Antibiotic Concentrations Decrease during Wastewater Treatment but Persist at Low Levels in Reclaimed Water
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Reclaimed water has emerged as a potential irrigation solution to freshwater shortages. However, limited data exist on the persistence of antibiotics in reclaimed water used for irrigation. Therefore, we examined the fate of nine commonly-used antibiotics (ampicillin, azithromycin, ciprofloxacin, linezolid, oxacillin, oxolinic acid, penicillin G, pipemidic acid, and tetracycline) in differentially treated wastewater and reclaimed water from two U.S. regions. We collected 72 samples from two Mid-Atlantic and two Midwest treatment plants, as well as one Mid-Atlantic spray irrigation site. Antibiotic concentrations were measured using liquid-chromatography- tandem mass spectrometry. Data were analyzed using Mann-Whitney-Wilcoxon tests and Kruskal Wallis tests. Overall, antibiotic concentrations in effluent samples were lower than that of influent samples. Mid-Atlantic plants had similar influent but lower effluent antibiotic concentrations compared to Midwest plants. Azithromycin was detected at the highest concentrations (of all antibiotics) in influent and effluent samples from both regions. For most antibiotics, transport from the treatment plant to the irrigation site resulted in no changes in antibiotic concentrations, and UV treatment at the irrigation site had no effect on antibiotic concentrations in reclaimed water. Our findings show that low-level antibiotic concentrations persist in reclaimed water used for irrigation; however, the public health implications are unclear at this time.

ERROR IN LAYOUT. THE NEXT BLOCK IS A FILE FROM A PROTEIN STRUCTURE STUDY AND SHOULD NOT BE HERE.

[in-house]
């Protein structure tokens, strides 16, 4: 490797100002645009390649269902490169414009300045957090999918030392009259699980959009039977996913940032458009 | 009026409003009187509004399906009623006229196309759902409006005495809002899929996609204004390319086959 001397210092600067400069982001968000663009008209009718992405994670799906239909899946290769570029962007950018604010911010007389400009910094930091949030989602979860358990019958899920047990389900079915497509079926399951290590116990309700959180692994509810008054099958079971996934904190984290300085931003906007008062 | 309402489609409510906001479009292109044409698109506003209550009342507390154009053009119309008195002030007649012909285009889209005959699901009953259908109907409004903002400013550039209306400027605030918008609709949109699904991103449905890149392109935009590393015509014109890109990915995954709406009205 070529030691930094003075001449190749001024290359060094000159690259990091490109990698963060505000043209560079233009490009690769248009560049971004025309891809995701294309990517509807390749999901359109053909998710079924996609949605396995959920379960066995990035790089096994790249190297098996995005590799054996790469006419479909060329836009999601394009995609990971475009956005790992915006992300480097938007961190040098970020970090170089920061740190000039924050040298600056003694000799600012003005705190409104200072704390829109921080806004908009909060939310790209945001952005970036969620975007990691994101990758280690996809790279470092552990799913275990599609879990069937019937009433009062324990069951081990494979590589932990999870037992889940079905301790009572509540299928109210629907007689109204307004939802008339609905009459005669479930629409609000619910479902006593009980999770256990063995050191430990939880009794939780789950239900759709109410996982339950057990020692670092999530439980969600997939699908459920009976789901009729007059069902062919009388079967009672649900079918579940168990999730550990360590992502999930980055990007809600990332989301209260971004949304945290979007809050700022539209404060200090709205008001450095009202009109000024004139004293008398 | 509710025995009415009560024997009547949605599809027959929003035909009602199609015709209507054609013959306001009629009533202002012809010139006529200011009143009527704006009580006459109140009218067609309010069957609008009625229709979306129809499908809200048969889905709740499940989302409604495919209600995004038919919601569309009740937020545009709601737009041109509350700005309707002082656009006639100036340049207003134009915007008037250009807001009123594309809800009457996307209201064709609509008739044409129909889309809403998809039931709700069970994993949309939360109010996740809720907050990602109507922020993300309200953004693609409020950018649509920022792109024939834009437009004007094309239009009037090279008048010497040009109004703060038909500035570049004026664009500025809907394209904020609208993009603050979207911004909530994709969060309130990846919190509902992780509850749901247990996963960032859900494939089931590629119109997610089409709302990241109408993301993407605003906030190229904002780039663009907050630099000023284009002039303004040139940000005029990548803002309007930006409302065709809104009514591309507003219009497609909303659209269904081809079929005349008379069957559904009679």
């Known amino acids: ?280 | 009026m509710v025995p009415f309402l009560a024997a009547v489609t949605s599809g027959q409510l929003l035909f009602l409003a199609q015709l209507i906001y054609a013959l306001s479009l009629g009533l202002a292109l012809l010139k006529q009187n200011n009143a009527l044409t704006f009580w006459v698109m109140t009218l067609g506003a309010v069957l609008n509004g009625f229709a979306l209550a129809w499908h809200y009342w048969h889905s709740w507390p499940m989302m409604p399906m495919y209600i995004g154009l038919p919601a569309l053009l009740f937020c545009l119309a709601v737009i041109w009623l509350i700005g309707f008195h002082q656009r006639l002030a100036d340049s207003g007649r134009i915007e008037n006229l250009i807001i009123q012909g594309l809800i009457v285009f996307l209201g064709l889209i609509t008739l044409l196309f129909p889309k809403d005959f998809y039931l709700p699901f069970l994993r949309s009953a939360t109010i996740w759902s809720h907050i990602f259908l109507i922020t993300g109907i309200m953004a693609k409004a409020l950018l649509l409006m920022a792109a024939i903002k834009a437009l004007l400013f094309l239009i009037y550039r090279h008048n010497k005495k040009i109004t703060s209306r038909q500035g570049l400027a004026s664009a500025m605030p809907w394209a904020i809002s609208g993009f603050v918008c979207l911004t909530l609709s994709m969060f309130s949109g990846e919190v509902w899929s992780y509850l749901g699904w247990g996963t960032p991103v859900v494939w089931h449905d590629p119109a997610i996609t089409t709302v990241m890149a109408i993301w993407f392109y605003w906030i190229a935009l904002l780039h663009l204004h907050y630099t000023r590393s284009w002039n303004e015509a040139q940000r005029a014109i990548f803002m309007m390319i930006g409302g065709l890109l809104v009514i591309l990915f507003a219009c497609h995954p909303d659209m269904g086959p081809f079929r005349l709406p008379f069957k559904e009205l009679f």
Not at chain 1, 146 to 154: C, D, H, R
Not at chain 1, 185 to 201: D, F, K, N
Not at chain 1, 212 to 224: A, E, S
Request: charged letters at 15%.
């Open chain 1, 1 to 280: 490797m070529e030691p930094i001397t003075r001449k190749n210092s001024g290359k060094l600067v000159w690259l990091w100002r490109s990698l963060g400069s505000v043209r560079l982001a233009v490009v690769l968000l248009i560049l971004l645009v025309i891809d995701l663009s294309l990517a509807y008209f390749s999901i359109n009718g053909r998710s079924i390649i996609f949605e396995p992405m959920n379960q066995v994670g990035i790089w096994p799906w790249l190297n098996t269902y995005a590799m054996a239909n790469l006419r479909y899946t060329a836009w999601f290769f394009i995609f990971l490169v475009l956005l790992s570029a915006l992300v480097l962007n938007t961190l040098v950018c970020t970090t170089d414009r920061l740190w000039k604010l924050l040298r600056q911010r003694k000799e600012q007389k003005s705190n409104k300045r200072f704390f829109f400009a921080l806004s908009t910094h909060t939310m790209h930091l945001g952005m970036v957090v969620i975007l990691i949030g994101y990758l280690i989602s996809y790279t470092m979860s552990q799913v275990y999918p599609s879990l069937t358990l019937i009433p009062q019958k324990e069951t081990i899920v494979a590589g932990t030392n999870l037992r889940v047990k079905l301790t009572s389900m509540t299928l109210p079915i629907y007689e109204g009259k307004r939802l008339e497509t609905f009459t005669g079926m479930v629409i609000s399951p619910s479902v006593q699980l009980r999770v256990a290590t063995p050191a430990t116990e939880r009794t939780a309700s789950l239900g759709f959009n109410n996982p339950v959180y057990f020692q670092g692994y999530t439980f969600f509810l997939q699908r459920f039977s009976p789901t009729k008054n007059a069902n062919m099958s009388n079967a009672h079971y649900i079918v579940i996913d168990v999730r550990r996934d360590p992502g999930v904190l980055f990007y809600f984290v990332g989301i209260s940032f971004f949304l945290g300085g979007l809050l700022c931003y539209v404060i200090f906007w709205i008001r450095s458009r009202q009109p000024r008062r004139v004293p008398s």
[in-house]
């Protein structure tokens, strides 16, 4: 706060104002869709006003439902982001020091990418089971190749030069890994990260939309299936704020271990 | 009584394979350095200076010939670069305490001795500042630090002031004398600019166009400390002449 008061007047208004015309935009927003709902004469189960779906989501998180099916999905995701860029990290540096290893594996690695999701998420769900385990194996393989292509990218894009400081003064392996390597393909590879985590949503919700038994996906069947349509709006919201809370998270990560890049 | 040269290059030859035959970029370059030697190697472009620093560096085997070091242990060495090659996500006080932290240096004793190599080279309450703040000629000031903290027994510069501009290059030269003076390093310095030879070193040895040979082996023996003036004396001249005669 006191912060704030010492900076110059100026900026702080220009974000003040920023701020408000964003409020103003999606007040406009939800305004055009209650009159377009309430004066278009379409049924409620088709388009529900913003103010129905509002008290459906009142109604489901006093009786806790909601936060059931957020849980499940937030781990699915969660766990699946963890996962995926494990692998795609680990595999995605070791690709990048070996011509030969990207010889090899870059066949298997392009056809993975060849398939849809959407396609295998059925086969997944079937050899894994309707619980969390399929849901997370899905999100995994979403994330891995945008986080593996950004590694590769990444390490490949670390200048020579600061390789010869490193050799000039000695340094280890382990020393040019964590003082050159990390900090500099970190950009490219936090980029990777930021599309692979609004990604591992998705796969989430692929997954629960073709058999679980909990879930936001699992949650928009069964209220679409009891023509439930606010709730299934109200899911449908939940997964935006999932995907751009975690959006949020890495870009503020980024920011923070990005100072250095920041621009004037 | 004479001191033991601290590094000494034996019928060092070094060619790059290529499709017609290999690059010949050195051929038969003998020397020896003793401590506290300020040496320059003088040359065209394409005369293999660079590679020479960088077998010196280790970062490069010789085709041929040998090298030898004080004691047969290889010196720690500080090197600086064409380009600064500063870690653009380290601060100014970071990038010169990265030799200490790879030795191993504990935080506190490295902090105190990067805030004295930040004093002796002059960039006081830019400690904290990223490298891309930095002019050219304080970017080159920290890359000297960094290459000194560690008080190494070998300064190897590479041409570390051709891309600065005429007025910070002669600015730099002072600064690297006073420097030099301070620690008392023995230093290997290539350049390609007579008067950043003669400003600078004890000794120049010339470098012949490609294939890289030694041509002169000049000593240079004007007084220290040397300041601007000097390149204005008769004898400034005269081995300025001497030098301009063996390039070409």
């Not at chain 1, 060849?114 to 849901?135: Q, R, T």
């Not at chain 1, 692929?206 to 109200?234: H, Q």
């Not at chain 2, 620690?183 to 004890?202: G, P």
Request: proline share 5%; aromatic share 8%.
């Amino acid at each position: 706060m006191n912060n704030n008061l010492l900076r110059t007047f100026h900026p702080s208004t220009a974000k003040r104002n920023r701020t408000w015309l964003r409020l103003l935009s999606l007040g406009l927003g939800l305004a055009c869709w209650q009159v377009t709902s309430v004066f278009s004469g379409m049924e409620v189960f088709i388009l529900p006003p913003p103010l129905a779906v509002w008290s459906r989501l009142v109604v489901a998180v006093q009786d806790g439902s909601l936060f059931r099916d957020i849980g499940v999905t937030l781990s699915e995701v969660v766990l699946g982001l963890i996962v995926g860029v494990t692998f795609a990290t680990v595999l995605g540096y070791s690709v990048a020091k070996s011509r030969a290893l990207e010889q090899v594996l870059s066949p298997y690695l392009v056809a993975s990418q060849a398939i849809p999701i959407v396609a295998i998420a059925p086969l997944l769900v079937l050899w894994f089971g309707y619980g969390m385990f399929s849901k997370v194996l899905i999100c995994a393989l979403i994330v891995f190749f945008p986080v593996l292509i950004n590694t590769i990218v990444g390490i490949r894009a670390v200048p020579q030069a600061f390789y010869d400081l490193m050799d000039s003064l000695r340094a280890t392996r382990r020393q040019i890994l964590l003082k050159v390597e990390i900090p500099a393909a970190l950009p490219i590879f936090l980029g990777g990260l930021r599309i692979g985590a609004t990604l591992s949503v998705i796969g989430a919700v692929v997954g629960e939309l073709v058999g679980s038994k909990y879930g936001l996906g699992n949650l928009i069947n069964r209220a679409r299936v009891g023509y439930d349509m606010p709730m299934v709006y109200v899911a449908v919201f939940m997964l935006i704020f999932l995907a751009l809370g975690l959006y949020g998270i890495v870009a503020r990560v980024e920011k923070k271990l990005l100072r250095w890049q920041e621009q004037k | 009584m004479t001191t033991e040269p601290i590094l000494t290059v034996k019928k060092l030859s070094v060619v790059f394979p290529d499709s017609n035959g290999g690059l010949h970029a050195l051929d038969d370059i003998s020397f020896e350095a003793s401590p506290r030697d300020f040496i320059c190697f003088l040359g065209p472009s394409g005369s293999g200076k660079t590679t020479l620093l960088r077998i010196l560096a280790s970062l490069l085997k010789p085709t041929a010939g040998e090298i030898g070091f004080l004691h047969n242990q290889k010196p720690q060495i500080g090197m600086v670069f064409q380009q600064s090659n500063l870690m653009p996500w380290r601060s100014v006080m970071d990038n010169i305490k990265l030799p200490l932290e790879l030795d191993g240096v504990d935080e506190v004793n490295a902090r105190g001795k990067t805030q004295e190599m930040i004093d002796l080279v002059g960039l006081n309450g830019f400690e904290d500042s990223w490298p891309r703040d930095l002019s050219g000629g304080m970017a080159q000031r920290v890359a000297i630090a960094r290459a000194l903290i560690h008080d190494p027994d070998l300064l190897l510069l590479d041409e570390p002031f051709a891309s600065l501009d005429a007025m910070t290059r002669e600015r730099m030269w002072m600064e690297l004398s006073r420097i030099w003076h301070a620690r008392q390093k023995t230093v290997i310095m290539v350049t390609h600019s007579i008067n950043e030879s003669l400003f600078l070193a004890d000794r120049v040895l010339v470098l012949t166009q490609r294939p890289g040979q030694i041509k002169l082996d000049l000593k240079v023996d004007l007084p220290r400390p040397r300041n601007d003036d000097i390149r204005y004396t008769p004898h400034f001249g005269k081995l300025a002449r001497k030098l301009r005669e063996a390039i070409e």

author list (cited authors)
Kulkarni, P., Olson, N. D., Raspanti, G. A., Goldstein, R., Gibbs, S. G., Sapkota, A., & Sapkota, A. R.